Quality of care a factor in heart health

Issue: BCMJ, vol. 56 , No. 8 , October 2014 , Pages 383 News

The quality of health care that people receive may be as important as controlling the risk factors--smoking, bad diet, and low exercise--that could lead to cardiovascular disease. These findings were revealed in a recent study conducted by an international team of scientists, including Simon Fraser University health sciences professor Dr Scott Lear.

The Prospective Urban Rural Epidemiologic (PURE) study tracked more than 156 000 people in 17 countries and revealed that low-income countries, where people have the lowest risk factors for cardiovascular problems, have the highest rates of cardiovascular events and death. High-income countries, on the other hand, where people have the highest risk factors for heart conditions, have a lower rate of severe heart problems and deaths.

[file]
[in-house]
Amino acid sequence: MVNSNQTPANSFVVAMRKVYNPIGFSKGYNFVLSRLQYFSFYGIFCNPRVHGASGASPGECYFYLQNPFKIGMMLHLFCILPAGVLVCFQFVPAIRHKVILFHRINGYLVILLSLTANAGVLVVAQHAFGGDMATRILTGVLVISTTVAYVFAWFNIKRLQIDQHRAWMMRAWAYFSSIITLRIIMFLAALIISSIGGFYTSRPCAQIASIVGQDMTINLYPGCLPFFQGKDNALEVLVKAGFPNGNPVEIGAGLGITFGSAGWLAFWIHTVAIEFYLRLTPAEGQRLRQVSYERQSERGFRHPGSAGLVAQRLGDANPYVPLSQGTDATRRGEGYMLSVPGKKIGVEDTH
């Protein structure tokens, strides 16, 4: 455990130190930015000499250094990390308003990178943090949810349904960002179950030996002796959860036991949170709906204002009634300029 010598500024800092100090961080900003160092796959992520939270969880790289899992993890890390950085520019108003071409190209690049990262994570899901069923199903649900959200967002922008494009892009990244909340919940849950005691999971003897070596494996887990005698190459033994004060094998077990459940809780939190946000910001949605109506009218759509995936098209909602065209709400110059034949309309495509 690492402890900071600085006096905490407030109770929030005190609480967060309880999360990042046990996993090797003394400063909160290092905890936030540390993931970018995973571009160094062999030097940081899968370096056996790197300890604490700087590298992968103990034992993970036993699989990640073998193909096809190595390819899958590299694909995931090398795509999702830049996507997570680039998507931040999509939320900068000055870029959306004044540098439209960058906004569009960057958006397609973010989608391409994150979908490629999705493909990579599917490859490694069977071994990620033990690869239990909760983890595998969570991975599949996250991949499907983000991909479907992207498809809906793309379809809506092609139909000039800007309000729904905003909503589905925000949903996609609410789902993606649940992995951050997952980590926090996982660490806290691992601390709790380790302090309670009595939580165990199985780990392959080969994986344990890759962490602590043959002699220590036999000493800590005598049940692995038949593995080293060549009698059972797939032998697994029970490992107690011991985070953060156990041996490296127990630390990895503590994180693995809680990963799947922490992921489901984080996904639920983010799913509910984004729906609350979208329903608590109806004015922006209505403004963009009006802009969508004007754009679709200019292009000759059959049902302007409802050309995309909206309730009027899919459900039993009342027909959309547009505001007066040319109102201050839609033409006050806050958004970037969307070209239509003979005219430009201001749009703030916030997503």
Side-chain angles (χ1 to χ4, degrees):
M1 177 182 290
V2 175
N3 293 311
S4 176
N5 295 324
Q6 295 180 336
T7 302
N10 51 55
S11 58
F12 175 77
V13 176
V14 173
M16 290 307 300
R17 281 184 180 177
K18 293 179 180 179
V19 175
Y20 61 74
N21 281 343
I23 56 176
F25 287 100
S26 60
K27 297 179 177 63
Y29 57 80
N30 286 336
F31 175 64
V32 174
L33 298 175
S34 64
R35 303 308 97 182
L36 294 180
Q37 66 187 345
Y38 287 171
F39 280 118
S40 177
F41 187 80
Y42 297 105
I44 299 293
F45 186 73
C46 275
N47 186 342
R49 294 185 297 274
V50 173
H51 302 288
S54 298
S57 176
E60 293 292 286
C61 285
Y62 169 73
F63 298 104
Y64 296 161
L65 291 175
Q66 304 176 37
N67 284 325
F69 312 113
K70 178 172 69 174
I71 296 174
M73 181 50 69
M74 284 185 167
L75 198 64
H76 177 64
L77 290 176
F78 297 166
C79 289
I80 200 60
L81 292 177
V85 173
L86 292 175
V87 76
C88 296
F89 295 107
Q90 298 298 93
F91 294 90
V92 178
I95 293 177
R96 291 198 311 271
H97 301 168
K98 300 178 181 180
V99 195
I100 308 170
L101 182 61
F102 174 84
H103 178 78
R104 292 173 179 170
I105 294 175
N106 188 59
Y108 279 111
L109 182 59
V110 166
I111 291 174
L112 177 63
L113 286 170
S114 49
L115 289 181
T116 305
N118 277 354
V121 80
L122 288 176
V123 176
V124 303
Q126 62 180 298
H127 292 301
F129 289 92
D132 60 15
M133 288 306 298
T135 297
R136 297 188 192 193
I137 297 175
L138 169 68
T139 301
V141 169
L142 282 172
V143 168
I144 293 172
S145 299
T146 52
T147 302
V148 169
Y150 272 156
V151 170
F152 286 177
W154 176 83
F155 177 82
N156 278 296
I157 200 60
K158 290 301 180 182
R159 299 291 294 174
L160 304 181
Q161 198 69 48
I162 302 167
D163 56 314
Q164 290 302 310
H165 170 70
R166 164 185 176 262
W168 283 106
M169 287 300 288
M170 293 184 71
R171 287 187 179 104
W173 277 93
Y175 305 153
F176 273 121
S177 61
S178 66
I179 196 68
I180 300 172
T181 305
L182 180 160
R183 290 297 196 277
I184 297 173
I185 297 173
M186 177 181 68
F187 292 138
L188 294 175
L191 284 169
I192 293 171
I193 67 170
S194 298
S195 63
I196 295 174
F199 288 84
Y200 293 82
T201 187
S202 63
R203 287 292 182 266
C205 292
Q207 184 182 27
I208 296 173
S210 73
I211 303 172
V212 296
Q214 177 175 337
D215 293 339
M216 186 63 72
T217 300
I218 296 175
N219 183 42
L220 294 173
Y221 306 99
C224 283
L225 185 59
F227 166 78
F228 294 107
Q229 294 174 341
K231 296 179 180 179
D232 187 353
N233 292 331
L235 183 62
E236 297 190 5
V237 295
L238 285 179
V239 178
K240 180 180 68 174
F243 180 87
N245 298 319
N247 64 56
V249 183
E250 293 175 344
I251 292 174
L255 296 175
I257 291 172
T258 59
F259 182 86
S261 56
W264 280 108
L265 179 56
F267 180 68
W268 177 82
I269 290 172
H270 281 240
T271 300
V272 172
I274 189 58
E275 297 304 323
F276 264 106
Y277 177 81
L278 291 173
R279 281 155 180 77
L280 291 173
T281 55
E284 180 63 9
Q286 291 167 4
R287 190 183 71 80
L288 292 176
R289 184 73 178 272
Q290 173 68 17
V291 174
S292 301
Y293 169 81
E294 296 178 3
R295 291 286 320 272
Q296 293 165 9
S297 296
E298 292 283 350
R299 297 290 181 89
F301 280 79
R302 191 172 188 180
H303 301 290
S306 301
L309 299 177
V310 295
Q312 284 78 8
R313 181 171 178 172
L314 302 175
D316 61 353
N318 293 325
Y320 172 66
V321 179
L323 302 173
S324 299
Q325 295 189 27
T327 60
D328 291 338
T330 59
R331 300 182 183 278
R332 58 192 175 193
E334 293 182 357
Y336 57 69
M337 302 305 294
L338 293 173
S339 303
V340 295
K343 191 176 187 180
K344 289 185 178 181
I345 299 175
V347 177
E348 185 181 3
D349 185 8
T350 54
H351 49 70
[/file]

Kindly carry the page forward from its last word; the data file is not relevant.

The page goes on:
Study participants were from both urban and rural areas of four low-income countries: Bangladesh, India, Pakistan, and Zimbabwe; 10 middle-income countries: Argentina, Brazil, Chile, China, Colombia, Iran, Malaysia, Poland, South Africa, and Turkey; and three high-income countries: Canada, Sweden, and the United Arab Emirates.

Dr Lear co-authored the article and is also the Pfizer/Heart and Stroke Foundation chair in cardiovascular prevention research at St. Paul's Hospital.

The article, "Cardiovascular Risk and Events in 17 Low-, Middle-, and High-Income Countries," is published in the 28 August 2014 issue of the New England Journal of Medicine and is available online at www.nejm.org/doi/full/10.1056/NEJMoa1311890.

. Quality of care a factor in heart health. BCMJ, Vol. 56, No. 8, October, 2014, Page(s) 383 - News.



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